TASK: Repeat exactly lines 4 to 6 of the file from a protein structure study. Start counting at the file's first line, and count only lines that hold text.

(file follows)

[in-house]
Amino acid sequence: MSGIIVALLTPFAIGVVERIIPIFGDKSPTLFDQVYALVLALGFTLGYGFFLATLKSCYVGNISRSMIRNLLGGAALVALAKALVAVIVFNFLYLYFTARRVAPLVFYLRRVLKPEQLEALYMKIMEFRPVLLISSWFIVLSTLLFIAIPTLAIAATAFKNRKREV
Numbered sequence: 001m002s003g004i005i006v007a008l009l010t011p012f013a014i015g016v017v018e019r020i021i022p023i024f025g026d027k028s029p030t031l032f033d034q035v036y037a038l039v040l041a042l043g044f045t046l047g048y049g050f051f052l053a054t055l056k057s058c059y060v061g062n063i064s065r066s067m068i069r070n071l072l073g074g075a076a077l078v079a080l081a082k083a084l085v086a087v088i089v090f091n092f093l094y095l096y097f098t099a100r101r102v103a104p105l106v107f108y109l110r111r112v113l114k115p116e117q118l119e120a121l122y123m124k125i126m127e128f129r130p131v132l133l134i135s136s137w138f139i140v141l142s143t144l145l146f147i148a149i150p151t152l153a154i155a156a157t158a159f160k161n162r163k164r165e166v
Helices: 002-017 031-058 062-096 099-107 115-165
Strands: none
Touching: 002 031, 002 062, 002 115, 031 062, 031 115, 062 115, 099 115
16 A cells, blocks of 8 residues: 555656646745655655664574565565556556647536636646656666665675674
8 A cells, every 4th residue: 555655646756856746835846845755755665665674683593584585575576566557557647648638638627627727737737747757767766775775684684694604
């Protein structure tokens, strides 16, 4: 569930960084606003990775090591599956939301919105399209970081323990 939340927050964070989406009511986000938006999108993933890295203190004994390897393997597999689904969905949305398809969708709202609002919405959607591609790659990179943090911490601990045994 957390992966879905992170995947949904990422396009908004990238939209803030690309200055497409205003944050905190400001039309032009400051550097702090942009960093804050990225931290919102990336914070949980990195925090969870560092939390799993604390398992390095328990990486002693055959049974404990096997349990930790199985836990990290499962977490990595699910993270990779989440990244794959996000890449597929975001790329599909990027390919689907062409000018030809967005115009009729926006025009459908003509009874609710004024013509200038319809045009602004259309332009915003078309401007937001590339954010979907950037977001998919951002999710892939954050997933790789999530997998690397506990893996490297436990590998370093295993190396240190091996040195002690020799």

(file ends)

Helices: 002-017 031-058 062-096 099-107 115-165
Strands: none
Touching: 002 031, 002 062, 002 115, 031 062, 031 115, 062 115, 099 115